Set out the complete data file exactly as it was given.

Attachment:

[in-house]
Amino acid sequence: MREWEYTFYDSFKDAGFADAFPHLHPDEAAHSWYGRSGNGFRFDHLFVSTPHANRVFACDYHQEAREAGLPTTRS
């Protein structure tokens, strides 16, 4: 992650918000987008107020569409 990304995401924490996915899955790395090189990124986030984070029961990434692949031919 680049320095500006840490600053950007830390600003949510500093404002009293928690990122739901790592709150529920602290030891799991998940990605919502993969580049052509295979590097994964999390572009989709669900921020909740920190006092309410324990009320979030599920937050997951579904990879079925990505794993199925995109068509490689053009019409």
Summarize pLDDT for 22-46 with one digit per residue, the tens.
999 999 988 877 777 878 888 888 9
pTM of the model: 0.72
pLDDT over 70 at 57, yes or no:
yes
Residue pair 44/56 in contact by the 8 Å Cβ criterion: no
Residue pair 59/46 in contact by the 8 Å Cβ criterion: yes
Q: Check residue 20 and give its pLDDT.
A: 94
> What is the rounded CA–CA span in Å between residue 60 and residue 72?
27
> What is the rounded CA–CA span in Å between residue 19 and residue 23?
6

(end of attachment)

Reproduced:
[in-house]
Amino acid sequence: MREWEYTFYDSFKDAGFADAFPHLHPDEAAHSWYGRSGNGFRFDHLFVSTPHANRVFACDYHQEAREAGLPTTRS
């Protein structure tokens, strides 16, 4: 992650918000987008107020569409 990304995401924490996915899955790395090189990124986030984070029961990434692949031919 680049320095500006840490600053950007830390600003949510500093404002009293928690990122739901790592709150529920602290030891799991998940990605919502993969580049052509295979590097994964999390572009989709669900921020909740920190006092309410324990009320979030599920937050997951579904990879079925990505794993199925995109068509490689053009019409």
Summarize pLDDT for 22-46 with one digit per residue, the tens.
999 999 988 877 777 878 888 888 9
pTM of the model: 0.72
pLDDT over 70 at 57, yes or no:
yes
Residue pair 44/56 in contact by the 8 Å Cβ criterion: no
Residue pair 59/46 in contact by the 8 Å Cβ criterion: yes
Q: Check residue 20 and give its pLDDT.
A: 94
> What is the rounded CA–CA span in Å between residue 60 and residue 72?
27
> What is the rounded CA–CA span in Å between residue 19 and residue 23?
6